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Problem Statement: Prove that the one-dimensional characters of a group $G$ form a group under multiplication of functions, i.e. where the group operation is: $$(\chi\cdot\chi')(g)=\chi(g)\chi'(g)$$ This group is called the character group of $G$, and is often denoted by $\hat{G}$. Prove that if $G$ is abelian, then $|\hat{G}|=|G|$.

So, I completely understand how to prove that $\hat{G}$ is a group, but I am unsure about the second part: proving that if $G$ is abelian, then $|\hat{G}|=|G|$.

Clearly, $\hat{G}$ is abelian regardless of $G$ being abelian, since $\hat{G}\subset\mathbb{C}^\times$ and $\mathbb{C}^\times$ is commuative. So $G$ being abelian eliminates the possibility that $(\chi\cdot\chi')(gh)=(\chi\cdot\chi')(hg)$ with $gh\neq hg$.

So basically, to prove that $|\hat{G}|=|G|$, we must show that for any distinct $g,h\in G$, then $(\chi\cdot\chi')(g)\neq(\chi\cdot\chi')(h)$, but I am unsure how I should approach this type of proof.

I was thinking somehow prove that there is an isomorphism between $G$ and $\hat{G}$, but my professor said that constructing a homomorphism between the two groups would be too difficult without using material that we haven't learned yet.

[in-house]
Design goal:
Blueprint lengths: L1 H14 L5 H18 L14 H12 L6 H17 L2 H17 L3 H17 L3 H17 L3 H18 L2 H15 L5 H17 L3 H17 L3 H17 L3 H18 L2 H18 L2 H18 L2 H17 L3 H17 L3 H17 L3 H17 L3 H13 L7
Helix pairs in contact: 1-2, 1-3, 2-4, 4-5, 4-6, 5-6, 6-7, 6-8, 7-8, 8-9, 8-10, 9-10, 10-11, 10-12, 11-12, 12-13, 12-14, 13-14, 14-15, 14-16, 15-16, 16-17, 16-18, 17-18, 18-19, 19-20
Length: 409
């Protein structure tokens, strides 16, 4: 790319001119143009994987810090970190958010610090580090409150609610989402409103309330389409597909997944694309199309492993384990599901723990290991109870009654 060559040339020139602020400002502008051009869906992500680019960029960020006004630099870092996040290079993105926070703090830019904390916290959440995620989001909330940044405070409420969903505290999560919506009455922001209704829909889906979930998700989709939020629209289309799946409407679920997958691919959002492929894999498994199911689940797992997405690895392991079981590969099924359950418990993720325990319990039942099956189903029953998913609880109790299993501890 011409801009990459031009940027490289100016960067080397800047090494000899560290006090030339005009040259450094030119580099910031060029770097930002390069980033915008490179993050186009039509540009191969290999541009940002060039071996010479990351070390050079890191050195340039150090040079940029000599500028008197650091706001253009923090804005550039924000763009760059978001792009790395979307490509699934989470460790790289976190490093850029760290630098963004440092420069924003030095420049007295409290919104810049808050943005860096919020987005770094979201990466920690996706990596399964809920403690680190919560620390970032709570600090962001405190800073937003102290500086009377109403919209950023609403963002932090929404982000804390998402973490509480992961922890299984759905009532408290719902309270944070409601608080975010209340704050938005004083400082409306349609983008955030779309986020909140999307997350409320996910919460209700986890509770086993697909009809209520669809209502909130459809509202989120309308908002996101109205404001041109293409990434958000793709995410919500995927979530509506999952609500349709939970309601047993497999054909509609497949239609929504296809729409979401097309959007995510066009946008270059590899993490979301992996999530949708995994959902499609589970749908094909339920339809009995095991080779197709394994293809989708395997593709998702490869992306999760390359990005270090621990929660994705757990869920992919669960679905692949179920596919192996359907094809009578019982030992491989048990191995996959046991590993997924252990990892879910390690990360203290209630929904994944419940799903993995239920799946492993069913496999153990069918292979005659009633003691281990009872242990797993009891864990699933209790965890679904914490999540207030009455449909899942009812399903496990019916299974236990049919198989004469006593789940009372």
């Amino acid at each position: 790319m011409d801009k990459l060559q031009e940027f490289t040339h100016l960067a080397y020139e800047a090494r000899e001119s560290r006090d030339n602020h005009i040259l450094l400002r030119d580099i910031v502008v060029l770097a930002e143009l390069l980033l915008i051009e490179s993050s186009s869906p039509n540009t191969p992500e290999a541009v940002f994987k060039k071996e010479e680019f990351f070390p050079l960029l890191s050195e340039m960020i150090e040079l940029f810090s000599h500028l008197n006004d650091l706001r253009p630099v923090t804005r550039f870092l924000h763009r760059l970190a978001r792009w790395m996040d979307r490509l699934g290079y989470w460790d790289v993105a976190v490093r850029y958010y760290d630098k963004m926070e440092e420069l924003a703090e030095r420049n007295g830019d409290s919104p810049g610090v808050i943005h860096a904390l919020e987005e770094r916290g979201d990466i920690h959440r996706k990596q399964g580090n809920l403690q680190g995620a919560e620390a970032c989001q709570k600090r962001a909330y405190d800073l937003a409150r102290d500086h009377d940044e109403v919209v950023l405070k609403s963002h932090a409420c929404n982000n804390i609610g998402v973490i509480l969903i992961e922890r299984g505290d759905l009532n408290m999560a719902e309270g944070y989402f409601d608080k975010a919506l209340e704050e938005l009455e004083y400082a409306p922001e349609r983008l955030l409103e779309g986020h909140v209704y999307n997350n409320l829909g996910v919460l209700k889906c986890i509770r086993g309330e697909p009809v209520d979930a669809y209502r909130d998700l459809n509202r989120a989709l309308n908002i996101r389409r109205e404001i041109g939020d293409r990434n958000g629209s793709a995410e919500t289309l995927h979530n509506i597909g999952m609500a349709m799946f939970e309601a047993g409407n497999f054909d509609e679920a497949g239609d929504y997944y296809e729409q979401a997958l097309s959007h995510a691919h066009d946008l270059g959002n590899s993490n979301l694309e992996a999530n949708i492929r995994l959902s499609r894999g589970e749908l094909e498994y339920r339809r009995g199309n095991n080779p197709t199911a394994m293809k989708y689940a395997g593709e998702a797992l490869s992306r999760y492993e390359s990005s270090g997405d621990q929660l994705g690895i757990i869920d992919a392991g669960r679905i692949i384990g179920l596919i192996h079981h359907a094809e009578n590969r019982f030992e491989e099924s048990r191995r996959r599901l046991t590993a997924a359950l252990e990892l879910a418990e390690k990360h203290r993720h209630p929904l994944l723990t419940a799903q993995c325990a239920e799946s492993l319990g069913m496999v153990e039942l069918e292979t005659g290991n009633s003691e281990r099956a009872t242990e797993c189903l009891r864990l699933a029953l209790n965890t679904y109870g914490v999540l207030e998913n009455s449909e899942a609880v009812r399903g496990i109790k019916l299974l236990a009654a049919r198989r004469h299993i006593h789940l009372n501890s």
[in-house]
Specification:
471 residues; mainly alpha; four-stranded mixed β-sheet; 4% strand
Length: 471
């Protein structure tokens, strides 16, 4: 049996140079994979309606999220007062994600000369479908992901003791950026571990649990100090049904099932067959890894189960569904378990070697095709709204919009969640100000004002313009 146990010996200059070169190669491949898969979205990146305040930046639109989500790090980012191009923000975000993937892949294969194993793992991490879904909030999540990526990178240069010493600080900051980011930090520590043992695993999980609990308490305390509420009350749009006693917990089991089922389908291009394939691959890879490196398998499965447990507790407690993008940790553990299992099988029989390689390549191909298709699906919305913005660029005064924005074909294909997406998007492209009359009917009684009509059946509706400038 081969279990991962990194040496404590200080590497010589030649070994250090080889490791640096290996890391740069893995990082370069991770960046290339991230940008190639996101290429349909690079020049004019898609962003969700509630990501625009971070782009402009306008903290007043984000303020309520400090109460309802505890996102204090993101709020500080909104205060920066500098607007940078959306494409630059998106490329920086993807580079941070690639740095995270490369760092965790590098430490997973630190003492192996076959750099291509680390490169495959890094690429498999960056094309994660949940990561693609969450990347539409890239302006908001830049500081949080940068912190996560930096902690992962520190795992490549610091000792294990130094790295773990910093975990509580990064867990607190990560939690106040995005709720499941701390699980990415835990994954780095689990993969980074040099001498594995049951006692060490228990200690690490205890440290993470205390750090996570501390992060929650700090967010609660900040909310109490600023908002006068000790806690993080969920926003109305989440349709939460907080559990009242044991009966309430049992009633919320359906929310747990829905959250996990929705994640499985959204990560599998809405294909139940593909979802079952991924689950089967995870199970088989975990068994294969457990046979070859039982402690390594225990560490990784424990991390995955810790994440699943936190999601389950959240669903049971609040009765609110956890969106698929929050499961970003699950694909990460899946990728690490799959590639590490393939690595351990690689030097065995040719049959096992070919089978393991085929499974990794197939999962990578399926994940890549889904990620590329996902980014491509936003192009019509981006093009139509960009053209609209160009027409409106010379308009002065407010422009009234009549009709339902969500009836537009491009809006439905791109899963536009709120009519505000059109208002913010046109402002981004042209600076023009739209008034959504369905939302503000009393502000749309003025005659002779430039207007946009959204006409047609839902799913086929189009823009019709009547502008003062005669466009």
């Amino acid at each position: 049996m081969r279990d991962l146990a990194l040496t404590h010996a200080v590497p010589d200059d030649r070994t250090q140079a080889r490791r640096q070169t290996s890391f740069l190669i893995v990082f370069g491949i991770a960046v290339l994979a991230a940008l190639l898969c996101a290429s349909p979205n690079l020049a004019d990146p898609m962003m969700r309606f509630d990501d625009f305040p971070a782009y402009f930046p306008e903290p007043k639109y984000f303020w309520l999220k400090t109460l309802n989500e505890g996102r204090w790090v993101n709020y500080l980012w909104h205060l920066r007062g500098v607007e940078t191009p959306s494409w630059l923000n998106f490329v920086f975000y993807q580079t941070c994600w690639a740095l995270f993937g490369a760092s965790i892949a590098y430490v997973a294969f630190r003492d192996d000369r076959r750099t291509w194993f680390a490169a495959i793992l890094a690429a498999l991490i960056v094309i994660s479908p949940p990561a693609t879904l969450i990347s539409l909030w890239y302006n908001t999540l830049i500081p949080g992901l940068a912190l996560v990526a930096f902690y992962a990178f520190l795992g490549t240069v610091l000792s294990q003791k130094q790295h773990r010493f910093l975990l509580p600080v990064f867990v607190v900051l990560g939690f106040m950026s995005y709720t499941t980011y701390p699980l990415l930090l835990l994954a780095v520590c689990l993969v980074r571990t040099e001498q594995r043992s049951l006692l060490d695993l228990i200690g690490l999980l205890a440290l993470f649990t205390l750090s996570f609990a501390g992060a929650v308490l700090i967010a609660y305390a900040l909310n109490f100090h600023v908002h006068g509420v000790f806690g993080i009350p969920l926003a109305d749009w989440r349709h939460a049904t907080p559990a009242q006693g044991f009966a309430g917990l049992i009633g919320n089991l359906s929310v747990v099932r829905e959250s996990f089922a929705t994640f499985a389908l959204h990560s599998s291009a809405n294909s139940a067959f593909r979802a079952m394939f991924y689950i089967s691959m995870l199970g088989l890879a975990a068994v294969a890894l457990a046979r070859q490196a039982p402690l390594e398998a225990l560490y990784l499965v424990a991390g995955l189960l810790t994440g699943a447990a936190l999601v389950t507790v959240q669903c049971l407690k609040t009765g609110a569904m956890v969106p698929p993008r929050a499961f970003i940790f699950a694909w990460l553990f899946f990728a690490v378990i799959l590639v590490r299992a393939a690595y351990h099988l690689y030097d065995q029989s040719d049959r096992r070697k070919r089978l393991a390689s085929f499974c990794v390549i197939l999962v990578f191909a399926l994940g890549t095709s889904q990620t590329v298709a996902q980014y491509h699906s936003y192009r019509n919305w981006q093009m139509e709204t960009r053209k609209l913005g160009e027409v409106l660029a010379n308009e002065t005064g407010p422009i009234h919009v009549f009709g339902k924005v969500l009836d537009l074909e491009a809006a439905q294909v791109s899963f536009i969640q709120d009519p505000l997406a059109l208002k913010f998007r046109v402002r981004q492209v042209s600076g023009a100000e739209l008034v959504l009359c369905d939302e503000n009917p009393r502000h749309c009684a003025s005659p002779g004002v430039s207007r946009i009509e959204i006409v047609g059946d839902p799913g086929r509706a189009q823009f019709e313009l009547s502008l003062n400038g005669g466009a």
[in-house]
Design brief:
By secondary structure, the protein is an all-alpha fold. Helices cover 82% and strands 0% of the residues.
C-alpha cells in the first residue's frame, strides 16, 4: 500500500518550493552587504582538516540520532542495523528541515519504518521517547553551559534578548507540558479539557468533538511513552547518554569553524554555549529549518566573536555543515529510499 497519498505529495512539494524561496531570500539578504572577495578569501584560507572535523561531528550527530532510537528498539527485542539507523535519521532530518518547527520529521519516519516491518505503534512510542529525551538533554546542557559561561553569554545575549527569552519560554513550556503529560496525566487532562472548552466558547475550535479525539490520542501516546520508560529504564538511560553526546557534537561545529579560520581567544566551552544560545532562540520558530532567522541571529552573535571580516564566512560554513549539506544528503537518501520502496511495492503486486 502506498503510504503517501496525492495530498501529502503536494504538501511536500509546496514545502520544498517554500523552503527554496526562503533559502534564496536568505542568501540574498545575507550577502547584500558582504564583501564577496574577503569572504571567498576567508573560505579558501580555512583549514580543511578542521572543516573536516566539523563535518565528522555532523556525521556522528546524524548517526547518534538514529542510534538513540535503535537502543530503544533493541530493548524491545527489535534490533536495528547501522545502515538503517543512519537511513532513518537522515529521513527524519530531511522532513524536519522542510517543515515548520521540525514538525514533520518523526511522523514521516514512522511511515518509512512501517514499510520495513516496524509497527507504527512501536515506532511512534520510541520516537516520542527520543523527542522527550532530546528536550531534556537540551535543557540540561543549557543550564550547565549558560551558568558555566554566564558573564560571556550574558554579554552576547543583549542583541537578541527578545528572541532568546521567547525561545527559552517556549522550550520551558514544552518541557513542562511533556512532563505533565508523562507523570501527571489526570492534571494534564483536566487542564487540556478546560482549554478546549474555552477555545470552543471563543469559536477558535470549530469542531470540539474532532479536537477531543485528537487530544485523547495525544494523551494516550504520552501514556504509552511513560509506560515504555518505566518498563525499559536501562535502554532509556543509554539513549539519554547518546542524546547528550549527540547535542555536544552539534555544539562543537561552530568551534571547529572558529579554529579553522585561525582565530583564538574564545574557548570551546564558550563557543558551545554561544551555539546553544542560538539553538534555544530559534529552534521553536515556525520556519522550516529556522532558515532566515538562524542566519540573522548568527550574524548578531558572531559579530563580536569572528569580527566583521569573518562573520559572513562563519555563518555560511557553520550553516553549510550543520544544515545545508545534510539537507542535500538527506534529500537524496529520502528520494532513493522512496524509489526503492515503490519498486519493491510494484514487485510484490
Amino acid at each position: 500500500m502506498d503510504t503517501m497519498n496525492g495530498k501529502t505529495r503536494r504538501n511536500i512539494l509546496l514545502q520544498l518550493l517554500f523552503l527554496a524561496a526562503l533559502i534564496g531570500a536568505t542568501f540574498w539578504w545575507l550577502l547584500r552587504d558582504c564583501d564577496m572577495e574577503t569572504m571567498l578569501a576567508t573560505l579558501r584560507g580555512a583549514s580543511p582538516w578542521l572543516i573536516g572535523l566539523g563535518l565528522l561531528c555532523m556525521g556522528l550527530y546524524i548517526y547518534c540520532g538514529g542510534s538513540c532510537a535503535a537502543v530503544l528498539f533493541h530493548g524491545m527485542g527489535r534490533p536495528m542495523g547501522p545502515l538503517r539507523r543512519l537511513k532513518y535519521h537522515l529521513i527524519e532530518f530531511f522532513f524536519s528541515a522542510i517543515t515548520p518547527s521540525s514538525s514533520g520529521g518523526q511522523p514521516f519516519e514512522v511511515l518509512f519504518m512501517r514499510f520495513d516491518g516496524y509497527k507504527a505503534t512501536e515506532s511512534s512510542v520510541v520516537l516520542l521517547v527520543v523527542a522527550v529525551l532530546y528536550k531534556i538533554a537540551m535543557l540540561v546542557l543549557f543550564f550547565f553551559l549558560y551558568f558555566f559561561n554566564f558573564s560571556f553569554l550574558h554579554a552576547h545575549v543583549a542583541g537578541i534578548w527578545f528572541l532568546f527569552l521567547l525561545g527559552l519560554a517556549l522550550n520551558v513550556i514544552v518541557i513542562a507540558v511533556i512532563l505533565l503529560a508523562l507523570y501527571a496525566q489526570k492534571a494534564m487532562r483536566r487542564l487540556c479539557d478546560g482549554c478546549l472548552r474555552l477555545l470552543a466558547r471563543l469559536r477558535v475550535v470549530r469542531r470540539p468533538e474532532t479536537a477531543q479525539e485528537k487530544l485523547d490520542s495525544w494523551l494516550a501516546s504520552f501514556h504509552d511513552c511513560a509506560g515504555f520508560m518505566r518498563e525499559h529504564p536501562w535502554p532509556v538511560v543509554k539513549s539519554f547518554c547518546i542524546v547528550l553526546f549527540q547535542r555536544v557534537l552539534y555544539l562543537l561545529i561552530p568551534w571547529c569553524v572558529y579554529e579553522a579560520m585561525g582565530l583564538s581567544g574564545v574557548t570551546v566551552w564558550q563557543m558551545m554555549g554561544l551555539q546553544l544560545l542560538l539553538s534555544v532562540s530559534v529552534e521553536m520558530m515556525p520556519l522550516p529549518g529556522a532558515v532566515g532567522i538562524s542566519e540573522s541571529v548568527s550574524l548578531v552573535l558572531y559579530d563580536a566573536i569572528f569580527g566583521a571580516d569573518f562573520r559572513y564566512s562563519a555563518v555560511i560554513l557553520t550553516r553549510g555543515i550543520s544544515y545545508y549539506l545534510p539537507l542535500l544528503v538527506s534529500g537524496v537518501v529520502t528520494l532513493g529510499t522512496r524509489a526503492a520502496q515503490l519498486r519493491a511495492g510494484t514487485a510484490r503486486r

Any suggestions for showing that $|\hat{G}|=|G|$ are appreciated!

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    $\begingroup$ Have you studied the structure theorem for finitely generated abelian groups? If you can show it is true for cyclic groups, and show that $|\widehat{G\times H}| = |\widehat G| \times |\widehat H|$ for groups $G,H$, then the result follows. $\endgroup$ – Mathmo123 Feb 14 '16 at 21:15
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    $\begingroup$ No, I don't believe we have studied that. I am not familiar with that notation. One thing also confusing me, one-dimensional characters are defined by the group $G$, since the elements in a representation of $G$ are just $1\times 1$ matrices so for $A\in G$, $\chi(A)=\mathrm{tr}(A)$ which is just the matrix entry. Wouldn't that mean that $G$ is always abelian? $\endgroup$ – yung_Pabs Feb 14 '16 at 21:16
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    $\begingroup$ The notation is just your notation (my hats are wider than yours) - $\widehat{ G\times H}$ is the group of characters of the group $G\times H$. The structure theorem states that every finitely generated abelian group is a product of cyclic groups (with some extra properties). I guess this is what your professor was referring to by material you haven't learnt yet. $\endgroup$ – Mathmo123 Feb 14 '16 at 21:17
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    $\begingroup$ See also Proposition $2.2.3$ of Bump's lecture notes cited here. $\endgroup$ – Dietrich Burde Feb 14 '16 at 21:17
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    $\begingroup$ In answer to your second question, the term character has two meanings: first is a group homomorphism from $G\to \mathbb C^\times$. The second is the trace of a group representation. The latter is not generally a group homomorphism, since $\mathrm{tr}(AB)$ is not generally equal to $\mathrm{tr}(BA)$. $\endgroup$ – Mathmo123 Feb 14 '16 at 21:21

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